Saving The Language

A Fool In NH Column Heading

This week I’d like to put the humor aside. I am on a mission and I need your help.
In past columns I have written about an expression which has been overused in our society. Once dripping from the mouths of the young, who are given a pass when it comes to certain figures of speech, it has since morphed into the lexicon of people of all ages and intellect and we were late to react to and keep it from spreading.Of course, I am talking about the expression “No Problem.” Once a phrase meaning that a person was going to attempt a difficult task in order to unselfishly help another human being, it now is affixed to anything done by anyone else when it should never be a problem in the first place.
For example.
Customer: “Excuse me waitperson, but as I attempt to eat my meal which I am paying good money and for which I will leave you a tip, I see I have no utensils to do so with.”
Waitperson: “No problem. I’ll get you some.”
You get the idea.
Now I’d like to talk about another phrase, a single word, that was is being used with reckless abandon by youth but now, like “No Problem”, as they grow older has the possibility of growing like a weed through spoken English. We must do all we can to stop it before it does.
I’m talking about the use of the word “literally.”
Literally, according to Websters means: “Used to stress that a statement or description is true and accurate even though it may be surprising.”
Nowadays, if you listen closely, it is used to mean exactly the opposite and is used to describe a surprising statement that isn’t true at all; at least you hope not.
We are getting used to hearing it from the mouths of the young, combined with the nauseating and constant repetition of the word “like” it is tolerated as something that one might eventually grow out of.
“He was literally driving like a thousand miles an hour.” Might be used to describe witnessing a scene of a speeding driver.
“I’ve seen him in concert literally like a million times,” might be used as one-upmanship while sparring verbally with another over who is the biggest fan of the latest teen idol.
All cute and innocent at first until it becomes a part of their permanent language and never leaves until we have a growing society of people of all ages and professions using it.
Can you envision the day you go to the doctor to hear: “Whoa dude, that’s like literally the biggest mole I’ve ever seen. We’d better cut that thing out.”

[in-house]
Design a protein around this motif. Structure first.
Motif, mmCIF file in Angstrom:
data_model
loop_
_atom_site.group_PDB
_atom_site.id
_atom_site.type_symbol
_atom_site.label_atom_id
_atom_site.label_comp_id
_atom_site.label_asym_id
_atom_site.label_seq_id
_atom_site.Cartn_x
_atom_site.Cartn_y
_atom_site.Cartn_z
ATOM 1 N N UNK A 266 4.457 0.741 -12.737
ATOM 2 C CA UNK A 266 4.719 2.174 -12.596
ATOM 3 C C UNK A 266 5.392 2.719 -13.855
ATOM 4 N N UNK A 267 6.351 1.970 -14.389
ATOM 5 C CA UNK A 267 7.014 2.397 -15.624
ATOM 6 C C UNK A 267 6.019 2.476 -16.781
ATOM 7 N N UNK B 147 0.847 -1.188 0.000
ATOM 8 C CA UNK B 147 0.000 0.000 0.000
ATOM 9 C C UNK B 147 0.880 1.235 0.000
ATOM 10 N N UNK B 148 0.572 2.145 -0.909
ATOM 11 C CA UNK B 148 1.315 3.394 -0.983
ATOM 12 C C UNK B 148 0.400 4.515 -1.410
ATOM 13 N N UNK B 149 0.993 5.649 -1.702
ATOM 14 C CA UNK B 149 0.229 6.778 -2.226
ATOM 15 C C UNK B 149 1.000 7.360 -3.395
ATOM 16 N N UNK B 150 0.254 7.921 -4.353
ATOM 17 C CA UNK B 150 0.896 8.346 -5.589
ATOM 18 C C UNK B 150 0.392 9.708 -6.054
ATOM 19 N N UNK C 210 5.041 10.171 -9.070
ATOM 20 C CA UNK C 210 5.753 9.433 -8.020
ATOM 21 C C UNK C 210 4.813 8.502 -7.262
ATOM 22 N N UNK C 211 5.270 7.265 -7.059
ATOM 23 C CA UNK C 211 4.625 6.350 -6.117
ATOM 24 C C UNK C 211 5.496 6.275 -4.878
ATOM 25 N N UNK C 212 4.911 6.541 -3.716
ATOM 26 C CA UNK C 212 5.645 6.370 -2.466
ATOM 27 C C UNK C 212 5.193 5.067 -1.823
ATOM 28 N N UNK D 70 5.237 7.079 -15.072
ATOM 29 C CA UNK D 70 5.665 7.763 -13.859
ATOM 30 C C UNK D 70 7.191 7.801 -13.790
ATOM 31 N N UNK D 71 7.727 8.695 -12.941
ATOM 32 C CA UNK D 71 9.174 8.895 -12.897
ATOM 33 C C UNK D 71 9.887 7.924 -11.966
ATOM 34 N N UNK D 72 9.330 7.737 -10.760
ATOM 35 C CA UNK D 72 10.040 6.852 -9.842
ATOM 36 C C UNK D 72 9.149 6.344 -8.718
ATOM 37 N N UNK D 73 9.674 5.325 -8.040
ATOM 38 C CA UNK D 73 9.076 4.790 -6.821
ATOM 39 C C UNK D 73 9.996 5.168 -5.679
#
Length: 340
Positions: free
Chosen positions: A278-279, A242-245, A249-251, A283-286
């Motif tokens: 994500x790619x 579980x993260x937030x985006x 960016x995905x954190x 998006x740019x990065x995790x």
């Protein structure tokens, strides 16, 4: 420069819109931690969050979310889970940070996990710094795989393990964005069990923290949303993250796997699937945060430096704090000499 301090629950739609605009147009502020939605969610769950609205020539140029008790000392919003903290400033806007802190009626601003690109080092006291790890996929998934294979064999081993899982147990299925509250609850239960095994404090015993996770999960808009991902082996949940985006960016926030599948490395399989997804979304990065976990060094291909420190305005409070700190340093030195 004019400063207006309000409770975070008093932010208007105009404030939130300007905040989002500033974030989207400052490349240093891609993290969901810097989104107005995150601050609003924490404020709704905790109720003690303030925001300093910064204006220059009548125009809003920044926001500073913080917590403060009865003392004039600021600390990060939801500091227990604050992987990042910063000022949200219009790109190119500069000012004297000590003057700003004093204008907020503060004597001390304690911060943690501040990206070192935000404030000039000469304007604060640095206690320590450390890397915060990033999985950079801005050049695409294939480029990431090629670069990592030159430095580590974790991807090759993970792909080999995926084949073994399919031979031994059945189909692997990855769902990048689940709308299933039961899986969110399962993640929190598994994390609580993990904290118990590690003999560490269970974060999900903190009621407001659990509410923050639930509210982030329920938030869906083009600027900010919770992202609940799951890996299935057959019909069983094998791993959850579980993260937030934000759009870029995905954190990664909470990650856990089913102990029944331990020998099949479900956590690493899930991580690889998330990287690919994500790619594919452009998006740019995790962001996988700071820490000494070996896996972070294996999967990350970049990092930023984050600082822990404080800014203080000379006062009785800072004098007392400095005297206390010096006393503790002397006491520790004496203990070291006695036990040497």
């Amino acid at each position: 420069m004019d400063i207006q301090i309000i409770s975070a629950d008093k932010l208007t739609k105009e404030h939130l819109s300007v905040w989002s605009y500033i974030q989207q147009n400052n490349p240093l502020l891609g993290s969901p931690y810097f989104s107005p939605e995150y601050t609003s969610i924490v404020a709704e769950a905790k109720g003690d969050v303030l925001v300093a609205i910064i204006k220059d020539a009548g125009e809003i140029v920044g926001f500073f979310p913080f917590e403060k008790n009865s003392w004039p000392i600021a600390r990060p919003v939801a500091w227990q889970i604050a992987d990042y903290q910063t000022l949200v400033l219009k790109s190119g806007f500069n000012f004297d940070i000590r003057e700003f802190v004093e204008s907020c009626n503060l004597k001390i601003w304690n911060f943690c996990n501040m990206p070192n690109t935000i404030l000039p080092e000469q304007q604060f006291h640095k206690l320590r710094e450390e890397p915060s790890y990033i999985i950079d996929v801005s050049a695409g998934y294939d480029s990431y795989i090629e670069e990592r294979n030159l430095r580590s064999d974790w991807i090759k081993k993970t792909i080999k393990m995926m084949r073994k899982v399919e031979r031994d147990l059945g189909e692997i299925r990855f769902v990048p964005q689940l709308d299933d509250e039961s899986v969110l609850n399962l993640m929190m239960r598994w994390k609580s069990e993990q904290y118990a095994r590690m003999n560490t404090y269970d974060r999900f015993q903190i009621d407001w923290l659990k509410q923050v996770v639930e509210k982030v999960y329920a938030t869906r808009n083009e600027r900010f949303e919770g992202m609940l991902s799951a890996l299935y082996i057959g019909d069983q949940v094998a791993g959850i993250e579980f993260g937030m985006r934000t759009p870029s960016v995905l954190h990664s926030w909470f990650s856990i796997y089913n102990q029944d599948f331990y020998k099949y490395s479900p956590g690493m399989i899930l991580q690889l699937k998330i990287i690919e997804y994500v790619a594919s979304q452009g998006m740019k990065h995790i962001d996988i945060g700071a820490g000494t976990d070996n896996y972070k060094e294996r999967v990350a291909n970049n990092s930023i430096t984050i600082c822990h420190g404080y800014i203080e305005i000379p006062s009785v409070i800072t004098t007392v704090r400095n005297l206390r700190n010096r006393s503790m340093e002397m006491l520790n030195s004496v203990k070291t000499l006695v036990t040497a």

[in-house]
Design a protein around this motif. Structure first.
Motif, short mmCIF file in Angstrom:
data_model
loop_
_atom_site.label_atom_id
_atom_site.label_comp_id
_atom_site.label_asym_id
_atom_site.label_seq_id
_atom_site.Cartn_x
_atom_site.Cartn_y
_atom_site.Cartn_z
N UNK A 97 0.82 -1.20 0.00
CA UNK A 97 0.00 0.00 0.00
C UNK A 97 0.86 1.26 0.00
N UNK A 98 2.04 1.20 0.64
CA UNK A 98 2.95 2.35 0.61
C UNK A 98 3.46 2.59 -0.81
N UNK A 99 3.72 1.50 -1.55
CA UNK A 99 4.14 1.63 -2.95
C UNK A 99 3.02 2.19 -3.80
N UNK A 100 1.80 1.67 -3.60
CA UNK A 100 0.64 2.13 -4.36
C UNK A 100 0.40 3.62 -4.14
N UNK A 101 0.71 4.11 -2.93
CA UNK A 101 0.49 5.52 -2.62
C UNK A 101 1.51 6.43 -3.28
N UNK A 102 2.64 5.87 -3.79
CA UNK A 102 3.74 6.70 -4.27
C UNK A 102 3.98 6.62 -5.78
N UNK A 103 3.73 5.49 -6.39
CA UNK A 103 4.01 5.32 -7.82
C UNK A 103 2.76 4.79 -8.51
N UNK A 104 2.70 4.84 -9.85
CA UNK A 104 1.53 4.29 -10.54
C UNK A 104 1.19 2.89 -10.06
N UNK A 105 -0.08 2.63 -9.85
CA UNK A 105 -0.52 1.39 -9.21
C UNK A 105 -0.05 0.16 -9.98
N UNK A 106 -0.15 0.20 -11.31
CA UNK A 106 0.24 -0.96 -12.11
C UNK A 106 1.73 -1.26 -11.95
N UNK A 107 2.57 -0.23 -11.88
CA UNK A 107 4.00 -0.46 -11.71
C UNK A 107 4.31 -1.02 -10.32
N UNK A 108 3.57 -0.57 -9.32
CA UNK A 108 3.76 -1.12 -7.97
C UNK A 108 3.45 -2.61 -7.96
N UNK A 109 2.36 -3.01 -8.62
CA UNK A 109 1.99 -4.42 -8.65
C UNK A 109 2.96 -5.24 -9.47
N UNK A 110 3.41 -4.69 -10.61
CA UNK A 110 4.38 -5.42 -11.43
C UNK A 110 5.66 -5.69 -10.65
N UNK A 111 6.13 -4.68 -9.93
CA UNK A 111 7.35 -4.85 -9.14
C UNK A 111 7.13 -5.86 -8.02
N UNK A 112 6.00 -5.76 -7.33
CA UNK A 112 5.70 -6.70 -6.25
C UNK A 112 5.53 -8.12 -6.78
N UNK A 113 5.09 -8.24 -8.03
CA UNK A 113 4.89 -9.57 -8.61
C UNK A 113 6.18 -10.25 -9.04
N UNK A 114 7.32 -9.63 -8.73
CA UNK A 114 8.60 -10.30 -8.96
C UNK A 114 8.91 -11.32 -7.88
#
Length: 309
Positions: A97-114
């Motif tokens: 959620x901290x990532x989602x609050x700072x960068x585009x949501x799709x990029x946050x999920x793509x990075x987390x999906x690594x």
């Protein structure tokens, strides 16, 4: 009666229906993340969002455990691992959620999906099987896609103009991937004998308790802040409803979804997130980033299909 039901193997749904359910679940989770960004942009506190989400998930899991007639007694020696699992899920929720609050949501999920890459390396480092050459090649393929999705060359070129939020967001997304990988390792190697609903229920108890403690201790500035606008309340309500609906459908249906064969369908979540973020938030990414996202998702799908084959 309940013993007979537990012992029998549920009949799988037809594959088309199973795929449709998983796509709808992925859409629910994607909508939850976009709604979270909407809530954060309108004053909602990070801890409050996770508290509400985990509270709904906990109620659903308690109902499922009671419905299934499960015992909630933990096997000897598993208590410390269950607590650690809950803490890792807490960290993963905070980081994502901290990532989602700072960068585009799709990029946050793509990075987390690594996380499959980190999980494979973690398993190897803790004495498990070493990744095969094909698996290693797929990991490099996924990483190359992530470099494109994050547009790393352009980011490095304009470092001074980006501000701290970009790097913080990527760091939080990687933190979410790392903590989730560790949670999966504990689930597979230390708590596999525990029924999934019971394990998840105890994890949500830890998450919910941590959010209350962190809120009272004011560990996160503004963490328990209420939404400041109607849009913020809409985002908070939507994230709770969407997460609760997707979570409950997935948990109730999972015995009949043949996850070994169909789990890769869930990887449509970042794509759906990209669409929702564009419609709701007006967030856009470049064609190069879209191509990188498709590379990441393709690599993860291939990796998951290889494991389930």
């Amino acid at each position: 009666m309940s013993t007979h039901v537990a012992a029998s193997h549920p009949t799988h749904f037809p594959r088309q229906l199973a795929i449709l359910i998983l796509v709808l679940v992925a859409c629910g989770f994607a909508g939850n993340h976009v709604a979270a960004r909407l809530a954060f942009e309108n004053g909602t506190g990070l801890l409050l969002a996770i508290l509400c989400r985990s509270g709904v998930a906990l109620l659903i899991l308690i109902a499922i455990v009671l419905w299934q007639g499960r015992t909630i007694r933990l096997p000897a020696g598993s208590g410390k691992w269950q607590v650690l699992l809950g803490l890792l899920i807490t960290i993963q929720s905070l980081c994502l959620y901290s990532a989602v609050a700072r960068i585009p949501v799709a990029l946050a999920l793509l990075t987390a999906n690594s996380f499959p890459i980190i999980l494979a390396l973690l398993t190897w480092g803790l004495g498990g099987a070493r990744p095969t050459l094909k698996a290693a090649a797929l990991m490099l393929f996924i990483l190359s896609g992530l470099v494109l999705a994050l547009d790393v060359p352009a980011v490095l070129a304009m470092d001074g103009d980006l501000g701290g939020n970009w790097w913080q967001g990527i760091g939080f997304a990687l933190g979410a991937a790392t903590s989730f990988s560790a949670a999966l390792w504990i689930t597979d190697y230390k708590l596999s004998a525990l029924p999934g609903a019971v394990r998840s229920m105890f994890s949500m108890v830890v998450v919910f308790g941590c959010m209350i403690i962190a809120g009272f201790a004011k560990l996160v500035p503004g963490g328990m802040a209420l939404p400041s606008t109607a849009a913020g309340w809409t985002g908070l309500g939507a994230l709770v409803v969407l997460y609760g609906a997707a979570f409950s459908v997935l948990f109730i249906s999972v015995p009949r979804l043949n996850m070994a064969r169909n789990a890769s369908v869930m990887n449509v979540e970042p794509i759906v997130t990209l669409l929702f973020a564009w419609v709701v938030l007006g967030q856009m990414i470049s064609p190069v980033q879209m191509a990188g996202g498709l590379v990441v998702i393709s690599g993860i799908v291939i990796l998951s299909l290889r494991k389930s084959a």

If we don’t stop it in its tracks now, there is no telling what the future will be like.
That is why I have started a group called People Against Literally or P.A.L. (Friendly sounding acronyms are important when trying to gain the trust of the younger generation.)
It must be our never ending crusade to stop the use of this expression before it becomes an embarrassing staple of our language.
When we were young, the group A.G.O.G. (Adults Gathered Against Groovy) saved us from ourselves by putting an end to a word that, if it had become part of our permanent language, who have had a devastating effect on humanity for decades to come.
It is already too late to put a stop to the damage done by “No Problem” but that doesn’t mean we should ignore the gathering storm.
So, what can we do as individuals to combat a possible “literally” epidemic?
First, we need to notice our own failings when it comes to language. After all, we have filled the heads of the young with statements that were good-intentioned but totally absurd and they are merely following our lead.
“I’ll be back in a second,” “This won’t hurt a bit” and “If elected I promise to work for all the people” are just a few of those statements that led to today’s youth literally misusing the word “literally.”
Second…well. I haven’t come up with a second thing yet, but I’ll keep you posted.
So, I hope you will join with me in my crusade against this attack on our language. It may not seem like a big deal today, but left unchecked this will surely become a major problem and then there will be no turning back.
Thank you for indulging me on this serious issue.

Brendan welcomes your comments at brendan@weirs.com. He is on the web at www.BrendanTSmith.com